mechanics will only become more 



crucial and more technical as the in- 
dustry moves forward, Wilde says. 

UNDER THE HOOD 

To be sure, there is still a fair amount 
of good old elbow grease in this in- 
dustry, and anyone who loves looking 
under the hood and pulling things 
apart would be an obvious candidate 
for the field. Gary Lindgren, owner 
of an implements dealer in Aitkin, 
Minn., got his start in the industry 
after attending vocational school 40 
years ago to become a diesel engine 
mechanic. Lindgren has a farm back- 
ground and, as his career progressed, 
he was soon working on tractors and 
other agricultural equipment. 

Today, Lindgren owns Aitkin 
Implement Company. He oversees 
a staff of mechanics and deals with 
sales and administrative facets of 
the business. Though he gets his 
hands dirty on the job less and less 
these days, Lindgren must manage 
multiple projects, directing his staff 
to diagnose and repair a huge variety 



.■.„..„...,,.,„ i, „ „ n i rnoaanaomi „ nmmmmummmmm 

During high school, Andy Ettes- 
tad was the guy to go to when 
your engine was not running 
right. He fixed cars for friends and 
family, worked on lawnmowers and 
repaired old tractors. He did it to help 
people out, as well as to earn a little 
money on the side. He also did it be- 
cause he simply loved being under a 
hood working on engines. 

After getting involved with FFA, 
Ettestad began restoring old John 
Deere tractors. He competed in county 
and state FFA events, eventually earn- 
ing a second-place finish in the state 
FFA agricultural mechanics career 
development event. 

It was at one of these competitions 
when Ettestad's FFA advisor asked 
him what he planned to do after 
graduation. Seeing a natural ability, 
the advisor told Ettestad about the 
John Deere Ag Technology programs 
offered at several colleges around the 
country. 

The program consists of two years 
of study in agricultural mechanics, 
with an emphasis on John Deere 
products. Students earn a multi-disci- 
plinary associates degree. Classroom 

ffa/new horizons 




36 



of equipment. 

"We work on everything from 
small Bobcats to New Holland trac- 
tors to combines, harvesters and hay- 
balers with complex electrical and 
hydraulics systems," he says. 

Most of the employees at Aitkin 
Implement Company have two-year 
technical degrees in general mechan- 
ics. They're educated on the basics in 
school and then learn the rest on the 
job and through continuing education 
programs, which Lindgren requires 
his staff to attend. Other employees, 
he says, go to school for ag mechanics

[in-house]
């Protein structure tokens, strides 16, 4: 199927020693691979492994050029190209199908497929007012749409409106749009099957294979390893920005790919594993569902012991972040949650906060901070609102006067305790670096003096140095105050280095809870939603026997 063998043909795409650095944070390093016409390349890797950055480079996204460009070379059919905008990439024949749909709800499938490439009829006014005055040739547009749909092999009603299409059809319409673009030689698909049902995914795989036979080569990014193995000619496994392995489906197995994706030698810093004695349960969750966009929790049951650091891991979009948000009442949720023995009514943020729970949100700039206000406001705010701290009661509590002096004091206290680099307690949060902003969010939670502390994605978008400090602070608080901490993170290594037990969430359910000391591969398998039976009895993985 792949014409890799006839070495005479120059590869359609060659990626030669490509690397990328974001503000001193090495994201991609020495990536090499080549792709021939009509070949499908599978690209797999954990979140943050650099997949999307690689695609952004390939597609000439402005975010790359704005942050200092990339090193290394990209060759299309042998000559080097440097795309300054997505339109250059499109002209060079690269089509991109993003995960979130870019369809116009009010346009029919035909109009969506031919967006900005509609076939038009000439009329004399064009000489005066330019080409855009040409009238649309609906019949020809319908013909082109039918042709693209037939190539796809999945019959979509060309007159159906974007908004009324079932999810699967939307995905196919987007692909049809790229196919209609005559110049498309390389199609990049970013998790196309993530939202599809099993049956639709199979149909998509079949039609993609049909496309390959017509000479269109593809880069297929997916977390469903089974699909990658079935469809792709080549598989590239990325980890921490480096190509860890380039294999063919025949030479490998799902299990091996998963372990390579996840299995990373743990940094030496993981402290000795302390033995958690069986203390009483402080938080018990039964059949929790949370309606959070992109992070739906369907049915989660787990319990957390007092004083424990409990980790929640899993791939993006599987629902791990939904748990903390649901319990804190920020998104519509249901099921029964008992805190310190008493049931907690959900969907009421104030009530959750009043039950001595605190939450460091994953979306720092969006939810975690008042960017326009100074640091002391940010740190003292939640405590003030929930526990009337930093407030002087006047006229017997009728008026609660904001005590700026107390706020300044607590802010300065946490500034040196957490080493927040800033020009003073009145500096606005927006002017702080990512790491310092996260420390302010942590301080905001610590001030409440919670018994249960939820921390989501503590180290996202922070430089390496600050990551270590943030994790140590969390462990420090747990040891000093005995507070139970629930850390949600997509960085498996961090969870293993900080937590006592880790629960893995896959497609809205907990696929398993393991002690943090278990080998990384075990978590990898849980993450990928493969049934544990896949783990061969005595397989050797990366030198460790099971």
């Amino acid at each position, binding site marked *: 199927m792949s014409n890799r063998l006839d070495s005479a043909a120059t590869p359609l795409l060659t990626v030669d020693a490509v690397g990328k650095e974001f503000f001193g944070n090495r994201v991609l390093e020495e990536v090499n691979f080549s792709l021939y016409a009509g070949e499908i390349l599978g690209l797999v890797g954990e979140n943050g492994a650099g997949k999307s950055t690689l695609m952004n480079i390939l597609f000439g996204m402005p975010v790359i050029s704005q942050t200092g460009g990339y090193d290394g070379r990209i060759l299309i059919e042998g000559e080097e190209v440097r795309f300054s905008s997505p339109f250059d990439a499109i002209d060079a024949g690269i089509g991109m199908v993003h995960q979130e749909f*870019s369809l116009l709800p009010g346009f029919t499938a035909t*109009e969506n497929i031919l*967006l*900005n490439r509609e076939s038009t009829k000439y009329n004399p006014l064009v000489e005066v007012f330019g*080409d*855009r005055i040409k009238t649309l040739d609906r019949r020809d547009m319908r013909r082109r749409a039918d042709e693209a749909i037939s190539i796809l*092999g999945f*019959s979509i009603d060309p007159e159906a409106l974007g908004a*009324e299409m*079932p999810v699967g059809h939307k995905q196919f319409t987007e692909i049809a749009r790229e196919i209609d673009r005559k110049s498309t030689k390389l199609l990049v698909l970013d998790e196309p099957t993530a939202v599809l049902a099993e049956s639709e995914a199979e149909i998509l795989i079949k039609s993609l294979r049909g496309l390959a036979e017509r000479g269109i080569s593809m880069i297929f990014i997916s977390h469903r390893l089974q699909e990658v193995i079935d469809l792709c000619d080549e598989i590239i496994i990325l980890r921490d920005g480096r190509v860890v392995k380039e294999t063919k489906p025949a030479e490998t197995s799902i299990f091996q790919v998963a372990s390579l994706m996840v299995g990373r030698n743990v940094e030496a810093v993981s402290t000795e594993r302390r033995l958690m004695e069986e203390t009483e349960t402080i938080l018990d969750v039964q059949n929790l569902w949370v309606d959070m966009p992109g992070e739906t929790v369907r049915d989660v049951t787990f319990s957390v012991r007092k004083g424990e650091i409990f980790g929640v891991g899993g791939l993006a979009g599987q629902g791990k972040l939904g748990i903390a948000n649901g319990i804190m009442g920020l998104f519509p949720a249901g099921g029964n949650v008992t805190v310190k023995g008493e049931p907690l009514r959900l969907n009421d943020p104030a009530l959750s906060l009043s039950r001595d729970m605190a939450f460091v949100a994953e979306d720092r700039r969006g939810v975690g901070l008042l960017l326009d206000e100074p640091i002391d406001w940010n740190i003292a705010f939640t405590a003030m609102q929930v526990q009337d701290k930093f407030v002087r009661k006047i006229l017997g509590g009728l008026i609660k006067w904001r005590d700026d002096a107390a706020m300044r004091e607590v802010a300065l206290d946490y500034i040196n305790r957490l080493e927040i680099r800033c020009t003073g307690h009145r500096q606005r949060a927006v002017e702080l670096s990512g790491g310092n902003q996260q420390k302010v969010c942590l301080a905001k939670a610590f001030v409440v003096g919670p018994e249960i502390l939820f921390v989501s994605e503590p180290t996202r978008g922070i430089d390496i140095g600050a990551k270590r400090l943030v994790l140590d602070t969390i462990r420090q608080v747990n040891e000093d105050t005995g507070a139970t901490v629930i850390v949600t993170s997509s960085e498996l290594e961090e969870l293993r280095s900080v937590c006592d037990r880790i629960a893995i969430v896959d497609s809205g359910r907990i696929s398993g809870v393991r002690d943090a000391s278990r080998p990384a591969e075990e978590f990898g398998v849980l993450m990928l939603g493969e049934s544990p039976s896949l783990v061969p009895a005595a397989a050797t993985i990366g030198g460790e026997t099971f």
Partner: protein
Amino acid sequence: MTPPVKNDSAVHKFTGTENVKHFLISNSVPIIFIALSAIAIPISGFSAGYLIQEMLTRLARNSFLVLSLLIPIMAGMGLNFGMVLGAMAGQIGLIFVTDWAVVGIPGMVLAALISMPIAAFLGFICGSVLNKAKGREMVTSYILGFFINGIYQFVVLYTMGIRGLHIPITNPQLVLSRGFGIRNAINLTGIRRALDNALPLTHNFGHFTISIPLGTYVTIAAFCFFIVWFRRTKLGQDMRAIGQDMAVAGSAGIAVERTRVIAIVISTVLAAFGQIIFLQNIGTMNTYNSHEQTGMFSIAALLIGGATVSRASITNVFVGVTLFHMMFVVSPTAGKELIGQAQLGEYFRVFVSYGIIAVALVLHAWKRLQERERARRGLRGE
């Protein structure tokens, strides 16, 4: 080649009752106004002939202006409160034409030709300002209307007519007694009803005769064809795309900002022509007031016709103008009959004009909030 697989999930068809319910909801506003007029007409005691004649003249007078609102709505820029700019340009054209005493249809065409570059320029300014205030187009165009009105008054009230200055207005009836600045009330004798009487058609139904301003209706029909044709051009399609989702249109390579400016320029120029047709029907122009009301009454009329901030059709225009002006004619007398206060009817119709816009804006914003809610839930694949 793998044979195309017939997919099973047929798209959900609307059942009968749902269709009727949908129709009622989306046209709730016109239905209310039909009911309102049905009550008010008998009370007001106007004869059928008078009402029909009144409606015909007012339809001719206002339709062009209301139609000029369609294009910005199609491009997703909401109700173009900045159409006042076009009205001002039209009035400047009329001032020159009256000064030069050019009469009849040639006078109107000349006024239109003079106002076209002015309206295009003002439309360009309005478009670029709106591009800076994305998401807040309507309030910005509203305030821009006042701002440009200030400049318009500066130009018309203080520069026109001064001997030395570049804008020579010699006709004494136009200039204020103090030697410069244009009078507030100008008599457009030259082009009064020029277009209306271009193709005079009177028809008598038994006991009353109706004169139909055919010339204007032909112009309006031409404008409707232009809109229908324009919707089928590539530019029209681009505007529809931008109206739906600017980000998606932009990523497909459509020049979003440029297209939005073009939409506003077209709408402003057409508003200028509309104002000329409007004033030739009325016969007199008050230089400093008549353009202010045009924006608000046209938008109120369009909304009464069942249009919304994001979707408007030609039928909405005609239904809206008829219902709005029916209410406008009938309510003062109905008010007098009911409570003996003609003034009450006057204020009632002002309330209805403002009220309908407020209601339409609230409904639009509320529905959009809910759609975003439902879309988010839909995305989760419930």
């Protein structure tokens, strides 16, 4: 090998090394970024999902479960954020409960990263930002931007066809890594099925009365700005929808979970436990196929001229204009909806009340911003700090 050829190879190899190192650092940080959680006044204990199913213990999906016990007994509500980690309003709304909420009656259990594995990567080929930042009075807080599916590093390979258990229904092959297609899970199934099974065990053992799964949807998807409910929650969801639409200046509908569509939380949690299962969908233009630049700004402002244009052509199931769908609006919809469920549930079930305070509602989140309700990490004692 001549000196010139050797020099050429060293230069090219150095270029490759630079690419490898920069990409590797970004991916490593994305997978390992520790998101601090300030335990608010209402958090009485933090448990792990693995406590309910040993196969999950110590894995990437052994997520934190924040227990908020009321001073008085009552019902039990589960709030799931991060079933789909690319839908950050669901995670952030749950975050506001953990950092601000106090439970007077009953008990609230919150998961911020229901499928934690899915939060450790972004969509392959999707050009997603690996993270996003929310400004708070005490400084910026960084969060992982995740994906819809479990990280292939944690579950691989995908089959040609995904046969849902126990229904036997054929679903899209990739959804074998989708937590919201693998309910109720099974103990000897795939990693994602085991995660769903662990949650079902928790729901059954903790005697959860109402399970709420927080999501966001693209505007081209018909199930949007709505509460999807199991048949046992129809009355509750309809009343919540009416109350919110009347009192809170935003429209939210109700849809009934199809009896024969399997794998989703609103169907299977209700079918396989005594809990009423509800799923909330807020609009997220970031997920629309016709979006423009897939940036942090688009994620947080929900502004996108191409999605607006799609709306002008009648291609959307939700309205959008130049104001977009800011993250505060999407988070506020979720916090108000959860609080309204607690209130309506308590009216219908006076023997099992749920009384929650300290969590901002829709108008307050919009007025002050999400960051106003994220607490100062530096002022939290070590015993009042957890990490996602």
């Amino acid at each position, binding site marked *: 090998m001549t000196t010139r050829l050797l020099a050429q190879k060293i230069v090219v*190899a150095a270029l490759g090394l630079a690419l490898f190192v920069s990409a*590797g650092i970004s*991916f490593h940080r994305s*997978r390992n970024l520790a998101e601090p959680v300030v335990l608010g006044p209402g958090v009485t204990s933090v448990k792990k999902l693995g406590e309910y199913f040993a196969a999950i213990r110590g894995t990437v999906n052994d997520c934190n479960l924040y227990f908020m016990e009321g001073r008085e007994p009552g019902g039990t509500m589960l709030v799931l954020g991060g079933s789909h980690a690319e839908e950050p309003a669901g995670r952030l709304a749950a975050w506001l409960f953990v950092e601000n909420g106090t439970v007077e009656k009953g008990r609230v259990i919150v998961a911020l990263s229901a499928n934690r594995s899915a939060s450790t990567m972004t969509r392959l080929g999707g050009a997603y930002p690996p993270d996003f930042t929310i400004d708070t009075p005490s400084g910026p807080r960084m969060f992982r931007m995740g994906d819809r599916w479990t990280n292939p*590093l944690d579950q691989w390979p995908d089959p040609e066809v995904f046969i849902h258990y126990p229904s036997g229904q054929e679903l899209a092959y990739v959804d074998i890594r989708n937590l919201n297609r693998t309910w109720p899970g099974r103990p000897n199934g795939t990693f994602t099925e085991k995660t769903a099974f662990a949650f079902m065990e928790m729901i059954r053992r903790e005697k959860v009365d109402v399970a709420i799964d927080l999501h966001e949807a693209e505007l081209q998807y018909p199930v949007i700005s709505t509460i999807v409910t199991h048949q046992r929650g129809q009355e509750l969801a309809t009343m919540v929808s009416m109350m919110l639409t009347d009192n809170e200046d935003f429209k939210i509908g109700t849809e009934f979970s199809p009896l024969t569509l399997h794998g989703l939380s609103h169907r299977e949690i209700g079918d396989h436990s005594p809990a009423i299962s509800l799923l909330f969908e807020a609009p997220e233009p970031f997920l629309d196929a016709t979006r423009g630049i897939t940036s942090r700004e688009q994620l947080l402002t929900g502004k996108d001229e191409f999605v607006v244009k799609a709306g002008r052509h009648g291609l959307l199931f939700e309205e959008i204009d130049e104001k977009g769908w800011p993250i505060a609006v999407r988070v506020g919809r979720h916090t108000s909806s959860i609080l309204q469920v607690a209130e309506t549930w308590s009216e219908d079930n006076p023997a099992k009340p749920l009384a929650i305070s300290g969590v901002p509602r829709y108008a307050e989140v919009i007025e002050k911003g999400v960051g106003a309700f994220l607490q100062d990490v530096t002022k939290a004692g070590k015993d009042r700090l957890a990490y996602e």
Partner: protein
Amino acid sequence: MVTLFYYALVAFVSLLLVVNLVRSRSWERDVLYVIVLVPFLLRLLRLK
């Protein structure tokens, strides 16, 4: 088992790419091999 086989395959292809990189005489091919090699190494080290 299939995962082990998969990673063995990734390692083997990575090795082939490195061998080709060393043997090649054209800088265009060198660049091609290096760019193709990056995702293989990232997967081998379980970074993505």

degrees like the one offered at Walla 
Walla. 

Though Lindgren says much of his 
shop's work involves engine rebuild- 
ing, hydraulics repairs and general 
maintenance, he agrees with Wilde on 
the technological trending of the in- 
dustry. "Our work is always becoming 
more reliant on computers," Lindgren 
says. "Mechanics today need to stay 
current on technology and know a lot 
beyond traditional engine work." • 



lecture time is balanced with lab and 
shop work to learn hands-on skills. In 
addition, most John Deere Ag Tech- 
nology programs require students to 
participate in demanding internships 
while in school. 

Ettestad says the program attracted 
him right away and, after some re- 
search, he chose to attend Walla Walla 
Community College in Washington 
State, the closest school to his home- 
town of Molalla, Ore. He interned at 
Lenon Implement Co. in Woodburn, 
Ore., during school and they hired 
him as a full-time employee imme- 
diately after graduation. 

A DAY IN THE LIFE 

Ettestad works on a range of mechani- 
cal projects at Lenon Implement: "I 
repair anything larger than a lawn- 
mower including tractors but not 
combines or hay balers," he says. 

A typical day on the job is hard 
for Ettestad to define, as every new 
project is unique. Some days involve 
sales meetings off site with clients to 
assess potential projects. Some days 
involve a couple hours on the phone 
with customers. Other days are spent 

ffa/new horizons 



down and dirty for eight hours of 
solid repair work. 

"You have to be committed to an 
attention for detail," he says, noting 
that there are times when he'll be at 
work from early in the morning until 
after 8 p.m. 

Despite the hard work, he's happy 
with his career choice and would 
recommend the field to anyone who 
loves mechanics and wants good job 
security. (According to Walla Walla 
Community College, every graduate 
of the John Deere Ag Technology pro- 
gram is guaranteed a job in the field, 
as there is such a high demand for 
agricultural mechanics in the area.) 

The best part of the job, Ettestad 
says, is that every day is different. 
He loves the challenge of assessing a 
project, drawing up a bid and making 
a plan for the repair, working with 
the customers and then finally going 
ahead with the physical labor of the 
mechanic work. 

"Every day is a different kind of a 
challenge," he says. • 



Insider 

A closer look at the profession 

SALARIES: The United States 
Department of Bureau of Labor 
Statistics (BLS) reports that 
the median hourly earnings of 
farm equipment mechanics was 
$13.03 in 2002. The middle 50 
percent earned between $10.50 
and $16.01. The lowest ten per- 
cent earned less than $8.73 and 
the highest ten percent earned 
more than $18.86. 

OUTLOOK: The BLS says that 
most growth in this career area 
will be created through the 
replacement of workers who 
have retired or left the industry 
for other reasons. 

LINKS: For overview of all 
equipment repair occupations, 
visit http://bls.gov/oco/ocosl97. 
htm. For specific information 
about ag mechanics and other 
careers, check out this handy 
career information provided 
by the State of Minnesota: 
www.iseek.org 



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WHAT'S H O T 

Here's how FFA members from across the U.S. voted in our most recent poll.